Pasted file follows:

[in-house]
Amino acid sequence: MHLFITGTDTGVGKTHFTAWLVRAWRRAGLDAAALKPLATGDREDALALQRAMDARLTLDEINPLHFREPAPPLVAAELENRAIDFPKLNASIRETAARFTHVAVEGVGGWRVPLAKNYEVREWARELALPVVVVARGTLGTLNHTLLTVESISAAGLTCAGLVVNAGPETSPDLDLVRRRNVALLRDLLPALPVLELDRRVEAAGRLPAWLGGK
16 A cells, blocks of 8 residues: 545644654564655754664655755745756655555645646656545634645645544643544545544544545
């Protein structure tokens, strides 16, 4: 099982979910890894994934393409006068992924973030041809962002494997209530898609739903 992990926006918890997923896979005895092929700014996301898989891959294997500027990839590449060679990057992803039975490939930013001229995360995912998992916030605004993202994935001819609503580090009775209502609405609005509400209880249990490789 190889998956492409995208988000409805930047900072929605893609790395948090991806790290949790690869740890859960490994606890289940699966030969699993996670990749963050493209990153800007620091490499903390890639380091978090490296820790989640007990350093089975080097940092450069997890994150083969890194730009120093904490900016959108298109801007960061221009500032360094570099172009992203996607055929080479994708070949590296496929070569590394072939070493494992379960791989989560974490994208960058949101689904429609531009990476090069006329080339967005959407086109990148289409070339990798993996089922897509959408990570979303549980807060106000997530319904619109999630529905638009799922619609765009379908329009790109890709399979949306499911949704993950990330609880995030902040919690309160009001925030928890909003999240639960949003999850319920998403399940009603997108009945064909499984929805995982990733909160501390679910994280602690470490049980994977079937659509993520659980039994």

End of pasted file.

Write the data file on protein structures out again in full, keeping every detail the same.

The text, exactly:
[in-house]
Amino acid sequence: MHLFITGTDTGVGKTHFTAWLVRAWRRAGLDAAALKPLATGDREDALALQRAMDARLTLDEINPLHFREPAPPLVAAELENRAIDFPKLNASIRETAARFTHVAVEGVGGWRVPLAKNYEVREWARELALPVVVVARGTLGTLNHTLLTVESISAAGLTCAGLVVNAGPETSPDLDLVRRRNVALLRDLLPALPVLELDRRVEAAGRLPAWLGGK
16 A cells, blocks of 8 residues: 545644654564655754664655755745756655555645646656545634645645544643544545544544545
């Protein structure tokens, strides 16, 4: 099982979910890894994934393409006068992924973030041809962002494997209530898609739903 992990926006918890997923896979005895092929700014996301898989891959294997500027990839590449060679990057992803039975490939930013001229995360995912998992916030605004993202994935001819609503580090009775209502609405609005509400209880249990490789 190889998956492409995208988000409805930047900072929605893609790395948090991806790290949790690869740890859960490994606890289940699966030969699993996670990749963050493209990153800007620091490499903390890639380091978090490296820790989640007990350093089975080097940092450069997890994150083969890194730009120093904490900016959108298109801007960061221009500032360094570099172009992203996607055929080479994708070949590296496929070569590394072939070493494992379960791989989560974490994208960058949101689904429609531009990476090069006329080339967005959407086109990148289409070339990798993996089922897509959408990570979303549980807060106000997530319904619109999630529905638009799922619609765009379908329009790109890709399979949306499911949704993950990330609880995030902040919690309160009001925030928890909003999240639960949003999850319920998403399940009603997108009945064909499984929805995982990733909160501390679910994280602690470490049980994977079937659509993520659980039994």